The word is also used for the act of performing a solo, and sometimes for the performer (more often a soloist).
The plural is 'soli' or 'solos'. In some context these are interchangeable, but 'soli' tends to be restricted to classical music, and tends to refer to either the solo performers or the solo passages in a single piece: it would not often be used to refer to several pieces that happen to be for single performers.
A piece written for a single performer is referred to as a solo, often qualified by instrument, as piano solo or flute solo. These are common for polyphonic instruments such as the piano, organ, harpsichord or harp. Monophonic instruments such as flutes or violins are more often accompanied by piano or other instruments, but there are still plenty of solo works for such instruments, such as the violin partitas and the cello suites of J S Bach.
Solo is not usually part of title of a piece, except sometimes in a phrase such as '... for piano solo'.
A Concerto is a piece written for generally one but occasionally more instrumental musicians and is intendid to be performed accompanied by an orchestra: the distinguished part is referred to as the solo (soli or solos if there are several).
Although there may be passages where only the soloist is playing, generally the solo part is accompanied by the orchestra: its distinctiveness and prominence are what makes it a solo, not whether or not it is played with or without accompaniment.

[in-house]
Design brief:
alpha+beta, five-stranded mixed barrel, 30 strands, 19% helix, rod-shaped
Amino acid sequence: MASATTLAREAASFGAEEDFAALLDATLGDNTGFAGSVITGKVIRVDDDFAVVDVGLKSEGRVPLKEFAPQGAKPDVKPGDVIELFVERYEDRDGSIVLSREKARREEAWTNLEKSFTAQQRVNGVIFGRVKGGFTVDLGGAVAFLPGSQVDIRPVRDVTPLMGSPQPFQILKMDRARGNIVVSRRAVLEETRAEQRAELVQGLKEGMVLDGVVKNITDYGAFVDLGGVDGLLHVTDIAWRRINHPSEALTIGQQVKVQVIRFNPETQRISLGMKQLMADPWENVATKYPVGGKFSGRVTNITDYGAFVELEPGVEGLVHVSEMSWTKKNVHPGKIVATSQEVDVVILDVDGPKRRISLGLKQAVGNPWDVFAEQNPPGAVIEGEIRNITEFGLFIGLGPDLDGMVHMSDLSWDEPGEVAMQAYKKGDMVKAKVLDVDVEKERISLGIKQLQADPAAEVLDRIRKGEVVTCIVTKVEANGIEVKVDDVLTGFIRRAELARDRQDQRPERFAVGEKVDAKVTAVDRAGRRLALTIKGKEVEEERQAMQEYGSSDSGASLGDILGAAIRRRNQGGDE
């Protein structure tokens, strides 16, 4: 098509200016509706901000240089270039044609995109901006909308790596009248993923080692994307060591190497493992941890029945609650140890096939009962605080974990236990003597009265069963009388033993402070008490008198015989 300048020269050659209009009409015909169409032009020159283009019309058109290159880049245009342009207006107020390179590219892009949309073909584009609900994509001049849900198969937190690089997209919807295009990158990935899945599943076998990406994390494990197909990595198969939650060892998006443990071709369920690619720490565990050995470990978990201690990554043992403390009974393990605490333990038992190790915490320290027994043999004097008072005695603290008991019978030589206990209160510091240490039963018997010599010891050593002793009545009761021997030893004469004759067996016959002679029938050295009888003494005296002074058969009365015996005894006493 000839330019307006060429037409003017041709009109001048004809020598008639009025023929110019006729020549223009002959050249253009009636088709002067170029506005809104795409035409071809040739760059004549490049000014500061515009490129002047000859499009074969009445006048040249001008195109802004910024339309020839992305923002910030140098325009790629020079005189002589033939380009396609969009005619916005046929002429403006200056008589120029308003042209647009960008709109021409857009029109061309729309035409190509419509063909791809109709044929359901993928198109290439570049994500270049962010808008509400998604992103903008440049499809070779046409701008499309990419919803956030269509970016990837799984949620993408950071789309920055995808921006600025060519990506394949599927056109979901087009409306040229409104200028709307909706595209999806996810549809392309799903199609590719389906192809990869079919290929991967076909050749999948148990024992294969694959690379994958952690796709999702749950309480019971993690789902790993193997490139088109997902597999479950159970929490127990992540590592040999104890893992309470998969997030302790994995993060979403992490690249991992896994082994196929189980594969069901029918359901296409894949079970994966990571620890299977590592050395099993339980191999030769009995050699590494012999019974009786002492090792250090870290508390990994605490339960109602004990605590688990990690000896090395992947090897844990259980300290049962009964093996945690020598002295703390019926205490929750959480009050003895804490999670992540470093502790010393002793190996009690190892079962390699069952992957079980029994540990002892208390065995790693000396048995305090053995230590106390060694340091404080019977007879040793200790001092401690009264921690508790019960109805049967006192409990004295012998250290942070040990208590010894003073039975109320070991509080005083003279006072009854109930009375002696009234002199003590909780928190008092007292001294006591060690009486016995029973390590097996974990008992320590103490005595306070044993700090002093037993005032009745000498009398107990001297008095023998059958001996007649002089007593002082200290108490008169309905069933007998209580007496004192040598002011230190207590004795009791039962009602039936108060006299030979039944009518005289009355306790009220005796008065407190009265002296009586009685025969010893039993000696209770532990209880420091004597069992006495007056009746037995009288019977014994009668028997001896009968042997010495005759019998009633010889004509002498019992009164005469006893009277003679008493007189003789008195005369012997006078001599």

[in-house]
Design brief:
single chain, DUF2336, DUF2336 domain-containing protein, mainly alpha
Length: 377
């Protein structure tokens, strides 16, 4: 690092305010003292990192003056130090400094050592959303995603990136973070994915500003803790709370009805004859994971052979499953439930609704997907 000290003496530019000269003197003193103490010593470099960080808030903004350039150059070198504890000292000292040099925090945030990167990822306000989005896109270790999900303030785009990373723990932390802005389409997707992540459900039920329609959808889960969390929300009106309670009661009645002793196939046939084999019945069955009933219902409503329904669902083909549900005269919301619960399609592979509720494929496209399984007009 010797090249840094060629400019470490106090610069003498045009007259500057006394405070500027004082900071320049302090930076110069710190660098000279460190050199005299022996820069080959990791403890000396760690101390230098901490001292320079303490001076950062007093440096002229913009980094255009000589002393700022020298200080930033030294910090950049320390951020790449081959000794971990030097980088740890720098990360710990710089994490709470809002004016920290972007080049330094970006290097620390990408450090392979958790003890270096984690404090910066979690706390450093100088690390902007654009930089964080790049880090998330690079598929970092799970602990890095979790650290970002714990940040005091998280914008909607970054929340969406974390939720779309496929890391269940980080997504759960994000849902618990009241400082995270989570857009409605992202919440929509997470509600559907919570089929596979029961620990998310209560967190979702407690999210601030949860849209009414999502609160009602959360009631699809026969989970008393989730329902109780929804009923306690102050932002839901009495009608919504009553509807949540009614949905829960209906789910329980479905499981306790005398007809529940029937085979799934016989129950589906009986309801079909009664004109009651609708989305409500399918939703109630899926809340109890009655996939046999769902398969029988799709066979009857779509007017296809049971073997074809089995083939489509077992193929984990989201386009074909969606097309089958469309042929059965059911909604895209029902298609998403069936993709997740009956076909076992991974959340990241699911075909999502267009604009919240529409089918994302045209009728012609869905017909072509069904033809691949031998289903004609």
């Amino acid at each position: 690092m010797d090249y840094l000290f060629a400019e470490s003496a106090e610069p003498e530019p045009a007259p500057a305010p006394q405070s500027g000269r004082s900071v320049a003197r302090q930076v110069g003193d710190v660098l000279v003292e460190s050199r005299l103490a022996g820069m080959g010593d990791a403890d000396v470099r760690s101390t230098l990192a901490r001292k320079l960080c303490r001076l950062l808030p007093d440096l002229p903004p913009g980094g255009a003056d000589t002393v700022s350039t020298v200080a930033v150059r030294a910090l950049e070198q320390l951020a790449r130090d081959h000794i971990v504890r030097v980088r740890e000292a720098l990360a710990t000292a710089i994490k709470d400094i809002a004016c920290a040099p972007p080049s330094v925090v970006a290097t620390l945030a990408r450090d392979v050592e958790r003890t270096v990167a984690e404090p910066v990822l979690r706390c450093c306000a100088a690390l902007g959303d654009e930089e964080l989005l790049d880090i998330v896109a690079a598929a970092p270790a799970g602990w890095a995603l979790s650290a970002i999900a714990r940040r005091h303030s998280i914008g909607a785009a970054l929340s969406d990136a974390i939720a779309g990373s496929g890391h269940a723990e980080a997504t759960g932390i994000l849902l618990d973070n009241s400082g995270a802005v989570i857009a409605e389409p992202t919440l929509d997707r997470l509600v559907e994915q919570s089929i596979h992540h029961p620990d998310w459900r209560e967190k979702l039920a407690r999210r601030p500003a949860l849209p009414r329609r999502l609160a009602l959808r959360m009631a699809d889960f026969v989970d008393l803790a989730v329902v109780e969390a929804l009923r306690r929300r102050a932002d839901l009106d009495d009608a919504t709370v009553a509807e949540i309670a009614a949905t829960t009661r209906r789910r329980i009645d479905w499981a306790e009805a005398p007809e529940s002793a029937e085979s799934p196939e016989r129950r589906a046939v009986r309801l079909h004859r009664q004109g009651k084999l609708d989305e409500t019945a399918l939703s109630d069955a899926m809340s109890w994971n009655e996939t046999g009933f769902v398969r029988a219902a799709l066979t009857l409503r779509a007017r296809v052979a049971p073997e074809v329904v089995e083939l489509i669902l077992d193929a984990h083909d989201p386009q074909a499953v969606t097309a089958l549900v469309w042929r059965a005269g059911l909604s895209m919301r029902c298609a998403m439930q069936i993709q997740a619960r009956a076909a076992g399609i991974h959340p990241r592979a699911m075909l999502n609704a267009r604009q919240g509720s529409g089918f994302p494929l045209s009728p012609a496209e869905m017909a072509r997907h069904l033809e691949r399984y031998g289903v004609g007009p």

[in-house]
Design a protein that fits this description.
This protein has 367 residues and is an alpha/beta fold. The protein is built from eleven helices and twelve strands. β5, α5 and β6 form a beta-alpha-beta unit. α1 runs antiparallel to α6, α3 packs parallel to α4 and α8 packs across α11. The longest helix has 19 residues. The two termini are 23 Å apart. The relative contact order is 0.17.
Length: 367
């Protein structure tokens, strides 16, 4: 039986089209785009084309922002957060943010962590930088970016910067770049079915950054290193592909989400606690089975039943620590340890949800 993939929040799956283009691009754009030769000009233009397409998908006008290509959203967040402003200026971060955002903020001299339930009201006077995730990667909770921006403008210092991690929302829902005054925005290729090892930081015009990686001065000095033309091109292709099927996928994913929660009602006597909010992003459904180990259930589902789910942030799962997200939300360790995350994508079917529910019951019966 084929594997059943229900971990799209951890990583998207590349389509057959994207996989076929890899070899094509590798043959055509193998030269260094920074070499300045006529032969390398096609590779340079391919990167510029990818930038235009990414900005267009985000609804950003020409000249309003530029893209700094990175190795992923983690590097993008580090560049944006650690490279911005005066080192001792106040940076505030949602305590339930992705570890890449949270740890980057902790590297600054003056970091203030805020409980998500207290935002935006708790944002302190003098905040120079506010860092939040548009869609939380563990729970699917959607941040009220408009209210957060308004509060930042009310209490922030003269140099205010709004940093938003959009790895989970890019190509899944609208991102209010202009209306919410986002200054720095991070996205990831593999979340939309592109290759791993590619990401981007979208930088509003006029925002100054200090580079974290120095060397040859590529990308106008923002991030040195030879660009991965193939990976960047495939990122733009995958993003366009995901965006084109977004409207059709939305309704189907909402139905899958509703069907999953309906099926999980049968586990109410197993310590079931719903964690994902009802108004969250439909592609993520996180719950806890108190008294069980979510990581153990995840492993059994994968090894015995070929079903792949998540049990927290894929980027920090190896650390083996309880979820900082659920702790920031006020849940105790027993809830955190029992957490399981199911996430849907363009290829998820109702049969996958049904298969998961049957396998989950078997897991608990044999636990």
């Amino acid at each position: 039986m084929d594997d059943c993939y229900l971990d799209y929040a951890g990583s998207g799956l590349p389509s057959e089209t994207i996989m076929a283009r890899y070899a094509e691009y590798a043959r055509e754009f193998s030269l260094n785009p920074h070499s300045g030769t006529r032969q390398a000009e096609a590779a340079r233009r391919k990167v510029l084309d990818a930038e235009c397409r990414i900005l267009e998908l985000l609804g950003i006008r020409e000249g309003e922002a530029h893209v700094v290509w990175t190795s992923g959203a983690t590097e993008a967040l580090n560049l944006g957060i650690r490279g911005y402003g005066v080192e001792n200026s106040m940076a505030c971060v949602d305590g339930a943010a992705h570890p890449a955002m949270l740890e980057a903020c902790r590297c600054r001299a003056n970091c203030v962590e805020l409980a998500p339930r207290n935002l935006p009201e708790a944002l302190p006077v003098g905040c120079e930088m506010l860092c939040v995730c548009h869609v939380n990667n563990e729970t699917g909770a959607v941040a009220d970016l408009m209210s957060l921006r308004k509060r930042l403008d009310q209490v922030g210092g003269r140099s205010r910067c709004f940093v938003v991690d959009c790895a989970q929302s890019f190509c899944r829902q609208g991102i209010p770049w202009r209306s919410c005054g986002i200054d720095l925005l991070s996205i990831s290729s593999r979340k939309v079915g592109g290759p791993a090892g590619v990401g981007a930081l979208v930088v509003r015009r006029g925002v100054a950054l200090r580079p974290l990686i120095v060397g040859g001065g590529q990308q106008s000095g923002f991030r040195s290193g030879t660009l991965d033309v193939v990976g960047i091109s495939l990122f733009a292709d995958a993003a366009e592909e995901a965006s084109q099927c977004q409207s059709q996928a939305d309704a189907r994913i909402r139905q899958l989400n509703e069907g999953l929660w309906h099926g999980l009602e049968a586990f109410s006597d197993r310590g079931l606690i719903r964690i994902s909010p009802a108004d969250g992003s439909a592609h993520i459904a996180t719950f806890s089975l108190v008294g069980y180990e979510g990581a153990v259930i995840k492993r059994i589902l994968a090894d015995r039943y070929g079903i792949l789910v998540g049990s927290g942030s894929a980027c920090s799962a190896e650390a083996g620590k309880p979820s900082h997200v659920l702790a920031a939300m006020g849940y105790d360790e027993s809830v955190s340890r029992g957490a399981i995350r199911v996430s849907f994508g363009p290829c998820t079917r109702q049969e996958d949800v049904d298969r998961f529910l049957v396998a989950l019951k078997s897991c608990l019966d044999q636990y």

In a similar way to a Concerto, any ensemble piece may have portions where a single instrumentalist is particularly prominent, and these are often referred to as solos.
The strings in an orchestra are usually grouped in sections, where several players are playing the same music most of the time. But sometimes the music will direct that only one player in the section is to play, or that one player in the section is to play something different from the rest of the section. These are also referred to as solos.
All the types of solo mentioned above in instrumental music have their parallels in vocal and choral music. There are pieces for solo singers, possibly accompanied; there are pieces for soloist and chorus (like concertos, but that word is not usually used); and there are solo passages in choral works.
In many Jazz performances, each number will alternate ensemble sections with solo sections where one performer is playing either completely alone, or with unobtrusive accompaniment from the others. Common examples are the rhythm section of jazz bands, and quiet background music by other wind instruments. Such solos are most often improvised.